JULI INKSTER: I think it's a second-ball golf course. I mean, the greens are pretty undulated. If you can get your ball close to the hole and take out a little bit of that break on the greens, I think that's important. So I think you hit your iron shots good and get a little less long of a putt, I think that bodes well for this golf course.

Q. Perhaps a bit speculative since we don't know how much it will rain tomorrow, but the forecast looks pretty grim, will that change, will that statement change at all if the golf course stays soft through Friday, Saturday, or does that put even more emphasis on the approaches if things are going to stick?
JULI INKSTER: It will probably change it a little bit. But I still think it's a second-ball, high-ball hitter golf course. You want to be coming in from the air. My whole team got out here Monday and they all played 18. If we have to take tomorrow off, we feel like we're okay with that.

Q. Who did you bring in to speak last night?
JULI INKSTER: Do I have to tell you?

Q. Yes.
JULI INKSTER: I don't want to tell you. I gotta keep something secret.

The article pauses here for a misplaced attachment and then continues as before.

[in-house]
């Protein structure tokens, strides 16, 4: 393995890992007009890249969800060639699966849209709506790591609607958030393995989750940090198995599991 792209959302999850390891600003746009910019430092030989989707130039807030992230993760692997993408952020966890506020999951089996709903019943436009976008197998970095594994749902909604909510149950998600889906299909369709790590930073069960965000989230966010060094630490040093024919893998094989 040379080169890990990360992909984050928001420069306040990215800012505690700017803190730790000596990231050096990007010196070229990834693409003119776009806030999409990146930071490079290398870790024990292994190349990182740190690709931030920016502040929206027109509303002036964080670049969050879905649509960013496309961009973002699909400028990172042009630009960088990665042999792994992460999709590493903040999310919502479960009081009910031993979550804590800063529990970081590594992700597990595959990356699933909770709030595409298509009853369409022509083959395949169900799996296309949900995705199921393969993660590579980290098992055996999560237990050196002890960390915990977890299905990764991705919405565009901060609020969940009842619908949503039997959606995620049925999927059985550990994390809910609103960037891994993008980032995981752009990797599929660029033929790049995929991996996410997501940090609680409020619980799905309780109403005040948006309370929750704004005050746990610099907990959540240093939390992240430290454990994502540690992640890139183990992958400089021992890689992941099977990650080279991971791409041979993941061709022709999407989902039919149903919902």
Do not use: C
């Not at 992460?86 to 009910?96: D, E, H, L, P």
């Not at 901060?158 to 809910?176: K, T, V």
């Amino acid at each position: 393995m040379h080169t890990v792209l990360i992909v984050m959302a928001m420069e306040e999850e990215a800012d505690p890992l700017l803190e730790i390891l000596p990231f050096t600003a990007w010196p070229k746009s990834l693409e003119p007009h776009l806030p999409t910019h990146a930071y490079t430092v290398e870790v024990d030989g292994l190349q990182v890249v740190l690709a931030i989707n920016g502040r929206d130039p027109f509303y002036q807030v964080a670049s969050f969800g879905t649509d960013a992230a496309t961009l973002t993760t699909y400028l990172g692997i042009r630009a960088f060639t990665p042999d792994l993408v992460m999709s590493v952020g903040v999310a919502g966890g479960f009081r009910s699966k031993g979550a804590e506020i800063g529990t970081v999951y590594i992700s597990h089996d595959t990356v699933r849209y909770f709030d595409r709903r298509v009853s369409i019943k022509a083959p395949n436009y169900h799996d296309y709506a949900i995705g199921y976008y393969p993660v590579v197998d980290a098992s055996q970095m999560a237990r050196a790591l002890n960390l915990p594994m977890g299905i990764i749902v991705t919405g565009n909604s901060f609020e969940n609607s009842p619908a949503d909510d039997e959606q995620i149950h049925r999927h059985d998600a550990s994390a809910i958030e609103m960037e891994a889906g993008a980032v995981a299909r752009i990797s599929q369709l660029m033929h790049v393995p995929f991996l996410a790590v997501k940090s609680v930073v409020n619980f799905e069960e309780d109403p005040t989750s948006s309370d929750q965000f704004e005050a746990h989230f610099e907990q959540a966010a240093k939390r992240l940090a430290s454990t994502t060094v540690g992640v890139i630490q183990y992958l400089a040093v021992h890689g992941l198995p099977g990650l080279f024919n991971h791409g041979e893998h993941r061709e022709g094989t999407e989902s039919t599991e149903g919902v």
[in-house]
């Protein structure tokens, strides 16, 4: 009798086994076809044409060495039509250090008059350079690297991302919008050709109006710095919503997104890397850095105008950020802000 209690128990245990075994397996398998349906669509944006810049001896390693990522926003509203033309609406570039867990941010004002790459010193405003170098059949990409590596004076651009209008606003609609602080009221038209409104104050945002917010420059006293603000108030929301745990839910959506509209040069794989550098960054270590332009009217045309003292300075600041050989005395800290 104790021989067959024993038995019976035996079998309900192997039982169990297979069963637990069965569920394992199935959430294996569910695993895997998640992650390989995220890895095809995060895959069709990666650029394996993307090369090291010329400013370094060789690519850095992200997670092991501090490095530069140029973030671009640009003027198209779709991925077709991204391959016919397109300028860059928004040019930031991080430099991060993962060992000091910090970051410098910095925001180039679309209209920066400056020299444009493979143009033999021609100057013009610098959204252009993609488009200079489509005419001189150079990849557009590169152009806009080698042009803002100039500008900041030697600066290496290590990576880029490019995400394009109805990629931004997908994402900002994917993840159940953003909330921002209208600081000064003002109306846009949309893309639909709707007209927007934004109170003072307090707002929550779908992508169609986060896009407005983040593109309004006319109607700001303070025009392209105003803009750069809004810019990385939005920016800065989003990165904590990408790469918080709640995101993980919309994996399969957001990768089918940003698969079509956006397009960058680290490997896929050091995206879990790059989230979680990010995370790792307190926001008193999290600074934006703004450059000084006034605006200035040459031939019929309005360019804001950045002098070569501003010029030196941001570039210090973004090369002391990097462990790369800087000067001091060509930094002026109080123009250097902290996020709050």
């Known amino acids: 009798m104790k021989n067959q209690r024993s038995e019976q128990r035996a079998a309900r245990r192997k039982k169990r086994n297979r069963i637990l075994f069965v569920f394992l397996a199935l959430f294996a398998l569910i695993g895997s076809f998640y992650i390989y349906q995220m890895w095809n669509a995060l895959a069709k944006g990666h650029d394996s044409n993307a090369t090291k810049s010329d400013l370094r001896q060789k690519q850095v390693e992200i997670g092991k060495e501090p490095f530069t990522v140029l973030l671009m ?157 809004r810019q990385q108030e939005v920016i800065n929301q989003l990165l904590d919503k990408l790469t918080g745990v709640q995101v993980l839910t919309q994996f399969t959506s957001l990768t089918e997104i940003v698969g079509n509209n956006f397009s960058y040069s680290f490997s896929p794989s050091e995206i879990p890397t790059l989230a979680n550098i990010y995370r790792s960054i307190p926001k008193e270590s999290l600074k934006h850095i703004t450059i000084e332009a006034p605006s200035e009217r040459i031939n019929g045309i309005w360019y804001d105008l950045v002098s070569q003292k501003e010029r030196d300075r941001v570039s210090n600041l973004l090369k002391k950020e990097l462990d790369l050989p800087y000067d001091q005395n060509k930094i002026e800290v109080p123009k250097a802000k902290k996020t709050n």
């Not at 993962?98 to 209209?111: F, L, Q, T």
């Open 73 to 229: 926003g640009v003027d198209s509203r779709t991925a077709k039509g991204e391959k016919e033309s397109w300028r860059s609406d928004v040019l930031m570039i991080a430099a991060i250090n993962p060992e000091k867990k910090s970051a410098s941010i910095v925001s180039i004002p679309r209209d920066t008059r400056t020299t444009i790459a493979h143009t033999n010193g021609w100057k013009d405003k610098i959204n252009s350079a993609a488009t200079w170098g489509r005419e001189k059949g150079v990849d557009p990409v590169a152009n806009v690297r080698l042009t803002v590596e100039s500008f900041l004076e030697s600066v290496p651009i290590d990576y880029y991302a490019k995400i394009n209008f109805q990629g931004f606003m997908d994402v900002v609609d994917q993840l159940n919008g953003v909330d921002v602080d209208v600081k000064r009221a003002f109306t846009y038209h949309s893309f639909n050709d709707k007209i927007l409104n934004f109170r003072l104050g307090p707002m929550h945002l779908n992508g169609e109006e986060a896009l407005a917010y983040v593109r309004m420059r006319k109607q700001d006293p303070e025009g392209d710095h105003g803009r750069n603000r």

Q. Do you have your pairings figured out; how far do you have your pairings figured out at this point?
JULI INKSTER: I kind of have a rough draft of where I want to go with it. Especially the first day. The second day I think it will depend on how the first day goes. But I feel like I've got where I want to go with it.

Q. When you hear there's a potential for record crowds this week, what's that mean to you as a captain of Team USA being on home soil, seeing this type of support for your players?
JULI INKSTER: I think it's great for women's golf. I'd love to see everybody pack it in. I think they're going to be very cordial to the Europeans. Our job is to put some birdies on the board and put some red on the board to give them a chance to clap.

The Europeans' job is to put more birdies on the board and to get it a little bit quiet. But I think the winner is going to be women's golf, because I think the more people you get out here, it's a golf course that's not a lot of property. Everything's kind of in there. And you put 20 to 25,000 people out here, it's going to look like a lot more. And I think it's great for the ladies, European team and the LPGA to play in front of this many people, it's going to be great.